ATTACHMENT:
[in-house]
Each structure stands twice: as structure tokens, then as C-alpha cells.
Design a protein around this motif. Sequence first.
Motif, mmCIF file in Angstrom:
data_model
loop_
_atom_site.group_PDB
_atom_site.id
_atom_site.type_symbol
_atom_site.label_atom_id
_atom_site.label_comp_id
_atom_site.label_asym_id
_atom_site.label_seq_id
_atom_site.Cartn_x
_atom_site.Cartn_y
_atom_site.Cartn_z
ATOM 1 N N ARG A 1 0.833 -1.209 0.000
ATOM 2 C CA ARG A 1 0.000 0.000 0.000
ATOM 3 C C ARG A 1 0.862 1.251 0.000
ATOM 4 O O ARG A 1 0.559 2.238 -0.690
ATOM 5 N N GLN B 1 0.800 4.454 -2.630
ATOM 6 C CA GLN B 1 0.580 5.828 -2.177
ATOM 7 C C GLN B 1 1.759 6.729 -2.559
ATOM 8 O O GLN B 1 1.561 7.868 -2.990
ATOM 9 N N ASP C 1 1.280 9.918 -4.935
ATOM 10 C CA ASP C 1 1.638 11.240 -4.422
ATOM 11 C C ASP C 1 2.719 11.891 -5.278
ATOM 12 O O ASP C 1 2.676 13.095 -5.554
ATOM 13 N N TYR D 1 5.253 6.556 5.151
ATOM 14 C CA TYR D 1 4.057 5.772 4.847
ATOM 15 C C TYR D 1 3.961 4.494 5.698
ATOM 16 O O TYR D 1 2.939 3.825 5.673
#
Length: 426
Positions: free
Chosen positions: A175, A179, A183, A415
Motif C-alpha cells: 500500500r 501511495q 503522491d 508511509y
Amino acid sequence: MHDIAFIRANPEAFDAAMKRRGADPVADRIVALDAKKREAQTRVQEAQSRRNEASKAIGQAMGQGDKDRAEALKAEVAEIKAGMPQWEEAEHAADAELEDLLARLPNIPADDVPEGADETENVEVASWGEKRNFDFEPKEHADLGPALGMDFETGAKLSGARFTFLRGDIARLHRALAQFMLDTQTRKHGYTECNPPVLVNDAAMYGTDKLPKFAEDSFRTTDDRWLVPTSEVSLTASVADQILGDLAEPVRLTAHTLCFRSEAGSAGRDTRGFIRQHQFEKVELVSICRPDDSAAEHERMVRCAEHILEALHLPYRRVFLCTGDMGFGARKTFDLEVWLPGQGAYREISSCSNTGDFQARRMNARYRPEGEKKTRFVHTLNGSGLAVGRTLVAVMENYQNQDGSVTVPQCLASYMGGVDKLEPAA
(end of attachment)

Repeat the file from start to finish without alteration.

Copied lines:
[in-house]
Each structure stands twice: as structure tokens, then as C-alpha cells.
Design a protein around this motif. Sequence first.
Motif, mmCIF file in Angstrom:
data_model
loop_
_atom_site.group_PDB
_atom_site.id
_atom_site.type_symbol
_atom_site.label_atom_id
_atom_site.label_comp_id
_atom_site.label_asym_id
_atom_site.label_seq_id
_atom_site.Cartn_x
_atom_site.Cartn_y
_atom_site.Cartn_z
ATOM 1 N N ARG A 1 0.833 -1.209 0.000
ATOM 2 C CA ARG A 1 0.000 0.000 0.000
ATOM 3 C C ARG A 1 0.862 1.251 0.000
ATOM 4 O O ARG A 1 0.559 2.238 -0.690
ATOM 5 N N GLN B 1 0.800 4.454 -2.630
ATOM 6 C CA GLN B 1 0.580 5.828 -2.177
ATOM 7 C C GLN B 1 1.759 6.729 -2.559
ATOM 8 O O GLN B 1 1.561 7.868 -2.990
ATOM 9 N N ASP C 1 1.280 9.918 -4.935
ATOM 10 C CA ASP C 1 1.638 11.240 -4.422
ATOM 11 C C ASP C 1 2.719 11.891 -5.278
ATOM 12 O O ASP C 1 2.676 13.095 -5.554
ATOM 13 N N TYR D 1 5.253 6.556 5.151
ATOM 14 C CA TYR D 1 4.057 5.772 4.847
ATOM 15 C C TYR D 1 3.961 4.494 5.698
ATOM 16 O O TYR D 1 2.939 3.825 5.673
#
Length: 426
Positions: free
Chosen positions: A175, A179, A183, A415
Motif C-alpha cells: 500500500r 501511495q 503522491d 508511509y
Amino acid sequence: MHDIAFIRANPEAFDAAMKRRGADPVADRIVALDAKKREAQTRVQEAQSRRNEASKAIGQAMGQGDKDRAEALKAEVAEIKAGMPQWEEAEHAADAELEDLLARLPNIPADDVPEGADETENVEVASWGEKRNFDFEPKEHADLGPALGMDFETGAKLSGARFTFLRGDIARLHRALAQFMLDTQTRKHGYTECNPPVLVNDAAMYGTDKLPKFAEDSFRTTDDRWLVPTSEVSLTASVADQILGDLAEPVRLTAHTLCFRSEAGSAGRDTRGFIRQHQFEKVELVSICRPDDSAAEHERMVRCAEHILEALHLPYRRVFLCTGDMGFGARKTFDLEVWLPGQGAYREISSCSNTGDFQARRMNARYRPEGEKKTRFVHTLNGSGLAVGRTLVAVMENYQNQDGSVTVPQCLASYMGGVDKLEPAA